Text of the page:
King Charles will carry out the ancient ritual of handing out Maundy money for the first time as a monarch this year.
The monarch and the Queen Consort will attend the Royal Maundy Service in York Minster on 6th April, the day before Good Friday.
During the annual ritual, the monarch presents special "Maundy" coins to elderly members of the Church of England. Minted specifically for the occasion, the coins are typically distributed to worshippers over 70, who local dioceses have nominated for their contributions to the church and the community.
Seventy-four men and 74 women will be presented with the silver coins to the value of 74p, the age of King Charles.
It is not the first time he leads the ceremony, though. Last year, he stepped in to carry out the custom on behalf of the late Queen Elizabeth II in St George's Chapel after she experienced mobility problems.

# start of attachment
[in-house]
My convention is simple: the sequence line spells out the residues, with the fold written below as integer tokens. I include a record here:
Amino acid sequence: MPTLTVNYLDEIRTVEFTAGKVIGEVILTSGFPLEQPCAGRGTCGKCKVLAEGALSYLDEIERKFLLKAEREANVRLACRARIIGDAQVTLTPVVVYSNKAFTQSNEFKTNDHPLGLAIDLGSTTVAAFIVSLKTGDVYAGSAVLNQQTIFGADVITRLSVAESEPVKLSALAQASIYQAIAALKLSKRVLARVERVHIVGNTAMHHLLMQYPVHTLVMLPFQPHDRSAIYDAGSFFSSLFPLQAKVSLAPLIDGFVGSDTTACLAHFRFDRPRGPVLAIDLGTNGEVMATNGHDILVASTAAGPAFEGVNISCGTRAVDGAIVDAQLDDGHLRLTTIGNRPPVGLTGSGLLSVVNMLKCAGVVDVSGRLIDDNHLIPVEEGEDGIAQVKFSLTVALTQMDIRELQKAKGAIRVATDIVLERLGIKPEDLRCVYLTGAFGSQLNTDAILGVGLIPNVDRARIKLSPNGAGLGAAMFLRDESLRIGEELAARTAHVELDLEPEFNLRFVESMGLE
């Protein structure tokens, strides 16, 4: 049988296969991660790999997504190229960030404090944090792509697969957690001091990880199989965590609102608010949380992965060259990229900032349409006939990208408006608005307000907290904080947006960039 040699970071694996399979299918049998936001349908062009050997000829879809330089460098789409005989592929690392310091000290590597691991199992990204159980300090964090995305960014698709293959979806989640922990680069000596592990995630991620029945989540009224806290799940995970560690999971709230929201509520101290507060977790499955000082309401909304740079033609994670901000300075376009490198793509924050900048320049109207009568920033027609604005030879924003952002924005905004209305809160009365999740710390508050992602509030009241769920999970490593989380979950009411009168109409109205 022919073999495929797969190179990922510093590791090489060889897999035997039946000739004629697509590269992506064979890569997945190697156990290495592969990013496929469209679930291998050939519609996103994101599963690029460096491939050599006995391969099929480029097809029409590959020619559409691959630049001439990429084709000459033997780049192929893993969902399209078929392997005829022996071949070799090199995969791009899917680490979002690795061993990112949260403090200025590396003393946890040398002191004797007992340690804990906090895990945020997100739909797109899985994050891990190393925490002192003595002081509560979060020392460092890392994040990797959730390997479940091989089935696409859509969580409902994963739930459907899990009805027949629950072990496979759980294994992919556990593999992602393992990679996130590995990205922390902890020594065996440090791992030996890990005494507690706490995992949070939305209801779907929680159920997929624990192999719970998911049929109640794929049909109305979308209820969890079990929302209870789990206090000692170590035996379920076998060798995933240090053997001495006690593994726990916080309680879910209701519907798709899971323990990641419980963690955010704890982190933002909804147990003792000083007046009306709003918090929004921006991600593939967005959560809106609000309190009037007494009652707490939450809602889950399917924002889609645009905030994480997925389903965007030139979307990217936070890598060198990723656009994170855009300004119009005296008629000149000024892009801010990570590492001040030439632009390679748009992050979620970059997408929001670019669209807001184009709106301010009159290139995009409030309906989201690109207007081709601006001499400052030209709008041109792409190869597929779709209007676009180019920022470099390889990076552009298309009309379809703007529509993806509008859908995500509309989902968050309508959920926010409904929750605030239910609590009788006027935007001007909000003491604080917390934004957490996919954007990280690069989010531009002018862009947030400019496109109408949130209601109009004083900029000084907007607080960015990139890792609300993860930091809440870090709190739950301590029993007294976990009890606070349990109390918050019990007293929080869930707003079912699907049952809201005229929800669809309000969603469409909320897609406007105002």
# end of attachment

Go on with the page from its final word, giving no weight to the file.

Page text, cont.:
He distributed 96p worth of Maundy money to 96 men and 96 women - one for each of The Queen's 96 years - in recognition of their contribution to the community and the church.
The recipients of the Maundy money will be gifted two purses each: one red and one white. The white purse will contain the silver Maundy coins.
Inside the red, there will be two commemorative coins that symbolize the sovereign's historic gift of food and clothing. This year, the coins will celebrate the King's forthcoming 75th birthday as well as the 75th anniversary of the Windrush Generation.